Richard hits camp, eyes earlier return

Orioles notebook

He hopes to be back before All-Star break

Baseball

March 22, 2002|By Roch Kubatko | Roch Kubatko,SUN STAFF

FORT LAUDERDALE, Fla. - Chris Richard made his first appearance at the Orioles' camp yesterday, enduring almost two hours of strength and flexibility exercises, hitting off a tee and sounding confident of an earlier return than projected.

Richard had surgery on Nov. 5 to reattach his left shoulder capsule and clean some fraying in the rotator cuff, reserving a spot for him on the 60-day disabled list by Opening Day. The Orioles are prepared to lose him until the All-Star break, but Richard said, "There's a very good possibility I'll be back before that."

The club added two outfielders, Marty Cordova and Chris Singleton, and is taking an extended look at Jay Gibbons in right field. Richard could return as a designated hitter while unable to throw, though the Orioles apparently would prefer to wait and not risk another injury.

Taking his first swings yesterday, Richard hit about 40 balls in the outdoor cage. He's unsure when he will be placed on a throwing program.

"We're still making a decision on that," Richard said. "I'll find out in a couple days what kind of program we want to go with. I feel great. I feel ready to get going. I wish I could do more but they won't let me. I'm just taking it easy. It's good to be out there."

Richard has been rehabbing since the surgery, including sessions three times a week with a physical therapist in San Diego. He spent a significant portion of yesterday's workout performing weight exercises in the trainer's room and handling a small medicine ball with assistant trainer Brian Ebel.

"They're slow exercises," said Richard, who batted .265 with 15 homers in 136 games last season. "You have to take your time doing them and make sure you're not rushing anything. That's why it takes a lot longer."

He's intent on shortening the amount of time he spends on the disabled list.

"I'm not going to give any limits on it," he said. "We'll have to see how I feel after I start throwing and how I'm progressing when I get into doing baseball stuff. But I don't see it being that long."

Bale waits to pitch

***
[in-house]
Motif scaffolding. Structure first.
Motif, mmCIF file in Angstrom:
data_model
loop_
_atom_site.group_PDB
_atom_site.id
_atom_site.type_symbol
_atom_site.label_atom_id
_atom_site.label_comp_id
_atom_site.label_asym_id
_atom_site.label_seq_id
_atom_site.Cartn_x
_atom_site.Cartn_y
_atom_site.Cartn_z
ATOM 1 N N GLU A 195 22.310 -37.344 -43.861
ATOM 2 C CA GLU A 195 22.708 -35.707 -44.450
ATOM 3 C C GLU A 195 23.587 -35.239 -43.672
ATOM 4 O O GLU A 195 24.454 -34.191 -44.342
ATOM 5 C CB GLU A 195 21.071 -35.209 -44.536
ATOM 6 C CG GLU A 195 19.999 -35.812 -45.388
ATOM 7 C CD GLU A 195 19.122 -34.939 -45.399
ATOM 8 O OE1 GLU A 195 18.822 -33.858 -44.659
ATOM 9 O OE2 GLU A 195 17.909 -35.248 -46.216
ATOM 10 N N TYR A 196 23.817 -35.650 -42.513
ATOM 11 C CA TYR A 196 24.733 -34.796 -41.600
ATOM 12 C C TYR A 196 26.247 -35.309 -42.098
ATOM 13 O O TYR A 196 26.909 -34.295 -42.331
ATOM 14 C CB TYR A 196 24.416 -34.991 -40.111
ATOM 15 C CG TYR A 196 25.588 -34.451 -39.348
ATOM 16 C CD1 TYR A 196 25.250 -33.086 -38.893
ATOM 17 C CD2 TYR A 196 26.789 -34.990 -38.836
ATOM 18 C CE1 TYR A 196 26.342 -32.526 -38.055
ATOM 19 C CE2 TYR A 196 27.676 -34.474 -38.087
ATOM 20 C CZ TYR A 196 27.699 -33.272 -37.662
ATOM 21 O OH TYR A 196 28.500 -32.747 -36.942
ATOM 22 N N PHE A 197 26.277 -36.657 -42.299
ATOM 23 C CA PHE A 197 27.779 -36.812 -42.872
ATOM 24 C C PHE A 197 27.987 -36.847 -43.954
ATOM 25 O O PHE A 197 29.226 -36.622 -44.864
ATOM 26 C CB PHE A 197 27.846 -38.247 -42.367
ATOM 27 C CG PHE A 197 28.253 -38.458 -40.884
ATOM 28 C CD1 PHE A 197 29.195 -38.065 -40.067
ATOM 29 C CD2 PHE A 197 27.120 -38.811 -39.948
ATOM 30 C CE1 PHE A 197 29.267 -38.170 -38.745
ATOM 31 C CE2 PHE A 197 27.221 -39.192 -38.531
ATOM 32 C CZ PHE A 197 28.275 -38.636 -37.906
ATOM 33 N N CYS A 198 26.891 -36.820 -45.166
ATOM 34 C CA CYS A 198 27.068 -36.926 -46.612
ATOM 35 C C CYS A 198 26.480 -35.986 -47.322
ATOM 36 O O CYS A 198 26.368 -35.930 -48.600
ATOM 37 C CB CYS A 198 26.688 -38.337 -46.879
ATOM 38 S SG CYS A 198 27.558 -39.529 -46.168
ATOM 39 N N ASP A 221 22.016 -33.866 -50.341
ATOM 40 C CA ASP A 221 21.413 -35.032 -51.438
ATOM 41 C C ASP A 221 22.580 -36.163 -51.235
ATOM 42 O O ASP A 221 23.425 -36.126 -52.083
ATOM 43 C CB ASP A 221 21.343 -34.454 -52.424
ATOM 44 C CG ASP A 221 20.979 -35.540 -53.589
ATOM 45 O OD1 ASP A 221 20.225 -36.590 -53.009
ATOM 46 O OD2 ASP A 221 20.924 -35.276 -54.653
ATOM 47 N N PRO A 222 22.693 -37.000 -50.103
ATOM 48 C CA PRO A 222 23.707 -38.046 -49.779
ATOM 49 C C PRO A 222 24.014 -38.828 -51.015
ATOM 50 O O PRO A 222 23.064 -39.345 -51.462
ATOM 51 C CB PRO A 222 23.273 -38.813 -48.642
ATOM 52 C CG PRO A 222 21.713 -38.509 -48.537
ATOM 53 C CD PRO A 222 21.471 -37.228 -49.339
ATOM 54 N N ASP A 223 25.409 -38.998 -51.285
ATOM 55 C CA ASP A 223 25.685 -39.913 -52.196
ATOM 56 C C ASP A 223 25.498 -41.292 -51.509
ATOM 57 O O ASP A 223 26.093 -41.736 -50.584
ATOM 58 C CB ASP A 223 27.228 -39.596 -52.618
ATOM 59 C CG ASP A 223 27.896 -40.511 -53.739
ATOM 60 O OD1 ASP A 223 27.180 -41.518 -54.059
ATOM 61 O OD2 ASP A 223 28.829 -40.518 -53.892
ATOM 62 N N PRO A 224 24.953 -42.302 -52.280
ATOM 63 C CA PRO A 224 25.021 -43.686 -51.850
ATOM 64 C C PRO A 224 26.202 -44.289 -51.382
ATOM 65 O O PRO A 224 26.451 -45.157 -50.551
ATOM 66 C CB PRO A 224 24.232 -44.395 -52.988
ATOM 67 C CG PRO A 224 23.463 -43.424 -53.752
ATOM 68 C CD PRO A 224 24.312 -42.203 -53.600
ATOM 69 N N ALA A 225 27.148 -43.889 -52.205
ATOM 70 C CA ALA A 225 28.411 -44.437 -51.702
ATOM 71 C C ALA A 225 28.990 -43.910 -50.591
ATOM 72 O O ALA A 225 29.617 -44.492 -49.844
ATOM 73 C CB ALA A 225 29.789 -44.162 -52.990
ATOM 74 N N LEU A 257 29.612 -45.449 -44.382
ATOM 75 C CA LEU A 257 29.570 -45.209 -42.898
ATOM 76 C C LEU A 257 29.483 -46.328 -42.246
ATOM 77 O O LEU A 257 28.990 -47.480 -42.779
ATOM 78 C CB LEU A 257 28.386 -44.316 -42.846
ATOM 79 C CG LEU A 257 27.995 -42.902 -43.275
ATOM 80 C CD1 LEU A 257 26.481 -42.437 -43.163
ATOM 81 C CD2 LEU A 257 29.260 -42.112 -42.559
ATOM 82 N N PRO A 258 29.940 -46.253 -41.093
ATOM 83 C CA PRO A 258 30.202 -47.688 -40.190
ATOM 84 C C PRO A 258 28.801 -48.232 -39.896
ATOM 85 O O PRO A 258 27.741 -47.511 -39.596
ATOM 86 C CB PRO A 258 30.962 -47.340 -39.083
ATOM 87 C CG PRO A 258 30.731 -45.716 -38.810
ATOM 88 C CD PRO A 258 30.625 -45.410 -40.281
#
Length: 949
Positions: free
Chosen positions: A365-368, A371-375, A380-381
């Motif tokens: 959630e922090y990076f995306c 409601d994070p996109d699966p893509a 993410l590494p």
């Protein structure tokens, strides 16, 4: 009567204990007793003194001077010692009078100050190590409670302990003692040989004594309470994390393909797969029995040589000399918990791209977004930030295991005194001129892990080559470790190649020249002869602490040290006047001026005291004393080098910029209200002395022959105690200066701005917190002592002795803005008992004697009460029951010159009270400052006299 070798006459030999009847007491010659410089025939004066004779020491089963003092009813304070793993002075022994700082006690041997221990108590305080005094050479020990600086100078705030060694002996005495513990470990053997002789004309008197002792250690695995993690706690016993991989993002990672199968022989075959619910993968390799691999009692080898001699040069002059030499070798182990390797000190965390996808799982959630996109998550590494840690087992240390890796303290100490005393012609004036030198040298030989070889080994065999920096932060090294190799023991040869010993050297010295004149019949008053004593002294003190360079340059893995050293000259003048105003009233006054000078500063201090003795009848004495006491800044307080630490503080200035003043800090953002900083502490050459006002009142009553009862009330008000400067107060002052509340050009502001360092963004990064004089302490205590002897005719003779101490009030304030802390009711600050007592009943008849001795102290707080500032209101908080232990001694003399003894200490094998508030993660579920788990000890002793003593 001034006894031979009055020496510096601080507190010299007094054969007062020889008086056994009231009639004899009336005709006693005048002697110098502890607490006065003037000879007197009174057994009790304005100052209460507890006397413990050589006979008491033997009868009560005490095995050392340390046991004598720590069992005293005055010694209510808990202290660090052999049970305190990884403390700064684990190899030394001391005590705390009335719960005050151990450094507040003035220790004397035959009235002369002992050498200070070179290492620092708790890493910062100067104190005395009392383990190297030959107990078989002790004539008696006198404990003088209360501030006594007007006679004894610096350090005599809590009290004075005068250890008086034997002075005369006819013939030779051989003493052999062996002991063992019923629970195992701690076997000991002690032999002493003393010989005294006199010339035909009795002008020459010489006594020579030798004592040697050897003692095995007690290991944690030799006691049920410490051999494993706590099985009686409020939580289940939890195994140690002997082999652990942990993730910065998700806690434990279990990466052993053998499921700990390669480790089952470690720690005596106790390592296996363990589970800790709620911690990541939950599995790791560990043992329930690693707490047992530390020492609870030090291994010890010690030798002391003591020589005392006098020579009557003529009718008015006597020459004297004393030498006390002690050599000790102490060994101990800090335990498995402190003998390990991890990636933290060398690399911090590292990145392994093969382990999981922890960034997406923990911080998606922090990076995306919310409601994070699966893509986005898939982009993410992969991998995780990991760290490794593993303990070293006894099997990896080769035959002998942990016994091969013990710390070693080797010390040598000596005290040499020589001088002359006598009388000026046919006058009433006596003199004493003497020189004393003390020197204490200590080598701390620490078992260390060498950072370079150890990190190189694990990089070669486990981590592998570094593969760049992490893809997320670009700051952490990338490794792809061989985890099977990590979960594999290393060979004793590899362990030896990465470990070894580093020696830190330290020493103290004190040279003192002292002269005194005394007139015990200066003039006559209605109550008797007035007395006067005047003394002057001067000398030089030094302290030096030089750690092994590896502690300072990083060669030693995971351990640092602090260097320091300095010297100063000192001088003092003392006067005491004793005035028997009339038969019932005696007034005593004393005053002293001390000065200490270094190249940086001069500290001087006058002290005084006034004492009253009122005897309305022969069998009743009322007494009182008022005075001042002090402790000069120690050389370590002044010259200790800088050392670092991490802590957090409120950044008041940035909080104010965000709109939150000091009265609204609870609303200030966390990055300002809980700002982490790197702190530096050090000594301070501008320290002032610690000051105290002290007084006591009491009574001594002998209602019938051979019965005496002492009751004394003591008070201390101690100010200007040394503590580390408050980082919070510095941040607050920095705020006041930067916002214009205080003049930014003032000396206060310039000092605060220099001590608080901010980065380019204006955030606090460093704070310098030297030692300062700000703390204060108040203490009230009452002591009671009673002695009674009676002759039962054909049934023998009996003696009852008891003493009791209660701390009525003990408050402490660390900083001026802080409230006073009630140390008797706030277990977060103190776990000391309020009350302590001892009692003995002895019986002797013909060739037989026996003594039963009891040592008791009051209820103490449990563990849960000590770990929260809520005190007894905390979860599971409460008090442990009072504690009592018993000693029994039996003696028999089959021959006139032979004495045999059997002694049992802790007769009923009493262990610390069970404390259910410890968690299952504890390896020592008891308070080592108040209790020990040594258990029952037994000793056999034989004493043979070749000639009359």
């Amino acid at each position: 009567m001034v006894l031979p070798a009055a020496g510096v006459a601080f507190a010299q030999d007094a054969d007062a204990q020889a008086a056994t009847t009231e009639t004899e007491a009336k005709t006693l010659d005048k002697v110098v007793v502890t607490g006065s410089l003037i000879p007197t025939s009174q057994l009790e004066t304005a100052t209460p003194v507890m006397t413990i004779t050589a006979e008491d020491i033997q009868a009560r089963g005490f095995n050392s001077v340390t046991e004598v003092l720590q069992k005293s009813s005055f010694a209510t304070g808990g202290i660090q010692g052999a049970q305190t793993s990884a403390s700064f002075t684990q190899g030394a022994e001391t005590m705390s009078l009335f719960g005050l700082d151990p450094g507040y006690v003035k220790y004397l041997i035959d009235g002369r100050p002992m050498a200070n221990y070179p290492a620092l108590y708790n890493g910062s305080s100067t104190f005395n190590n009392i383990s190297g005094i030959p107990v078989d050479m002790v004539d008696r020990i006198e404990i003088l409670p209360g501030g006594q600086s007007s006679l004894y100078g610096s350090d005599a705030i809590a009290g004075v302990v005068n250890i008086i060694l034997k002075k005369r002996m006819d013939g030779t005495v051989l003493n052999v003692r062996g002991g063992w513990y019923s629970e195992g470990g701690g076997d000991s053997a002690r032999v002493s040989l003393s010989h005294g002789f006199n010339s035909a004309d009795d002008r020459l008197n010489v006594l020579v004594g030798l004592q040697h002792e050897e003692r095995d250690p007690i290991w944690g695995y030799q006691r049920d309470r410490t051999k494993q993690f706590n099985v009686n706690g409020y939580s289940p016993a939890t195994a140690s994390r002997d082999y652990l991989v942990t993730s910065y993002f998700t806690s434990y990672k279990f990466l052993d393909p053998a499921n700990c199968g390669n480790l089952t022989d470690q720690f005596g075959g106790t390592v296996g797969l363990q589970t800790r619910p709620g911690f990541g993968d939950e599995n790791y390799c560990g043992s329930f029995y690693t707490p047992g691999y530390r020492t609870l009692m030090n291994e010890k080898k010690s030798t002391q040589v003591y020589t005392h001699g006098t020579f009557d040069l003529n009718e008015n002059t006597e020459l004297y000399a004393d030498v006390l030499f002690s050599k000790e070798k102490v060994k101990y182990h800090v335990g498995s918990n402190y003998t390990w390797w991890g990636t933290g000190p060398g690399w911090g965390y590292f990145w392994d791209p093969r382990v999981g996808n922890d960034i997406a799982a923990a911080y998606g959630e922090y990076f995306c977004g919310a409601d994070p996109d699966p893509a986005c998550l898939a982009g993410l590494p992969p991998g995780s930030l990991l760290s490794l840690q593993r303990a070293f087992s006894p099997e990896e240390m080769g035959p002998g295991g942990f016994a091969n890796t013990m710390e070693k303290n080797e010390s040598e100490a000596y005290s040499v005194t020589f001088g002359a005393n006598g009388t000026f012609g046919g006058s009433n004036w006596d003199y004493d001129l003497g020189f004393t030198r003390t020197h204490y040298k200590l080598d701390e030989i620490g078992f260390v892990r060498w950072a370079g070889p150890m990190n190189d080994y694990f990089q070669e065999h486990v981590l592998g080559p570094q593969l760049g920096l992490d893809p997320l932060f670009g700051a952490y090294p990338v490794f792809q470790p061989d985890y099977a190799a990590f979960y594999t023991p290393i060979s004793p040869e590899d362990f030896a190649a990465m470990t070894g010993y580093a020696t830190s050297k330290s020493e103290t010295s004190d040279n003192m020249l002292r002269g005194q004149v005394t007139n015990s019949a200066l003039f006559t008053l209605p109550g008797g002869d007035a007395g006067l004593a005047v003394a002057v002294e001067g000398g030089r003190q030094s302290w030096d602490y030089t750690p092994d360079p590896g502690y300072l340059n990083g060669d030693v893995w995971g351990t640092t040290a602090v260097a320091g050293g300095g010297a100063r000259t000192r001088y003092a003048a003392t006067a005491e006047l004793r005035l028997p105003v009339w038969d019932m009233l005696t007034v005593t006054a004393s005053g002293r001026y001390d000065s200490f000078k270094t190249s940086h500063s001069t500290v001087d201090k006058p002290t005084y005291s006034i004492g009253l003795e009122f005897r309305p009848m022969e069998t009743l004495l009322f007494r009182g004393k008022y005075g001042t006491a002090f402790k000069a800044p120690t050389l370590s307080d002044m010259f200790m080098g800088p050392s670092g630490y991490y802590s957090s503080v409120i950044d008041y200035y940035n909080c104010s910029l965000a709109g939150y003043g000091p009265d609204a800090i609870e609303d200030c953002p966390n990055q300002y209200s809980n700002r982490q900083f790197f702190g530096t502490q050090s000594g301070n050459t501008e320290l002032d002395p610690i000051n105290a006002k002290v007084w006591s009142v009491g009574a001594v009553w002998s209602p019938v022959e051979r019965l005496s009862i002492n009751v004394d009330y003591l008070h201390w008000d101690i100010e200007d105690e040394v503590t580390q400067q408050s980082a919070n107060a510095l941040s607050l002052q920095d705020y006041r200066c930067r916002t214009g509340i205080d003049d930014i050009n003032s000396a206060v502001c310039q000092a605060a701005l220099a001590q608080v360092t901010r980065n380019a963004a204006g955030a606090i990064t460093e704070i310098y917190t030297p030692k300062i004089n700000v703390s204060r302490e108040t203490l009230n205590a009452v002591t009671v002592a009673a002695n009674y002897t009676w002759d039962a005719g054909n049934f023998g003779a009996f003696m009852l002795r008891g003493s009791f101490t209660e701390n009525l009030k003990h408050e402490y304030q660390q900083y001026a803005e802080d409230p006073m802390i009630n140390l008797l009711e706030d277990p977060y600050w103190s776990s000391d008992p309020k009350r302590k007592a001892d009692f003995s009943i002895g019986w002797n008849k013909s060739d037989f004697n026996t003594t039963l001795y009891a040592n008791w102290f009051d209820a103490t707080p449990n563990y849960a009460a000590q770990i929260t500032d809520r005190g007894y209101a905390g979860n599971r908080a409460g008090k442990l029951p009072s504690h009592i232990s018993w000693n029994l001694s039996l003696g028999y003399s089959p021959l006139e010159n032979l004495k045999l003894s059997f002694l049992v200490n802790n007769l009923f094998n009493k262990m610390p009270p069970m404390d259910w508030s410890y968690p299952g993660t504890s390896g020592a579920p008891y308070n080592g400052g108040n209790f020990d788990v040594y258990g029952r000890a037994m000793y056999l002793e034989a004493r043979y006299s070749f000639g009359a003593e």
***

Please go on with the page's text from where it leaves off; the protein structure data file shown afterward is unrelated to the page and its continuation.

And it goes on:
A magnetic resonance imaging test on reliever John Bale's left elbow didn't reveal any structural damage, and he has been placed on a throwing program while waiting for another chance to pitch.

Bale, who had the MRI on Wednesday, continues to be bothered by recurring stiffness and discomfort in the elbow. He underwent surgery after last season to remove a band of tissue that caused a pinching sensation in his arm and abbreviated his stay in the Dominican Winter League. He's receiving treatment to reduce the inflammation.

"Everything looked good. There's just a little fluid in there," he said.

Trying to make the club as a third left-hander in the bullpen, Bale isn't sure how long the throwing program will last or when he'll be cleared to pitch.

"As far as them putting me in a game, that's up to them. I couldn't really answer that," he said.

Asked if the injury is jeopardizing his bid to make the 25-man roster, Bale said: "I wouldn't think so. There's no ligament damage or muscle tears or tendons. There's just a little rubbing in there, a little fluid. I'll just continue the treatments and hopefully get it out of there."

Towers experiments

Right-hander Josh Towers spent part of his five-inning appearance against the Cincinnati Reds yesterday experimenting with a new grip on his changeup, getting some promising results despite giving up five runs in five innings.

"He threw some good ones," said manager Mike Hargrove.

Towers also made some bad pitches after shutting the Reds out the first three innings. In a span of nine batters, he allowed a double, two triples and a home run as the Reds scored four in the fourth and one more in the fifth.

"I thought he lost his composure a little bit, but that's just an opinion," Hargrove said. "Nobody can get away with overthrowing. The good thing is that he caught himself and finished up pretty good. You learn from that."

Sun staff writer Peter Schmuck contributed to this article.

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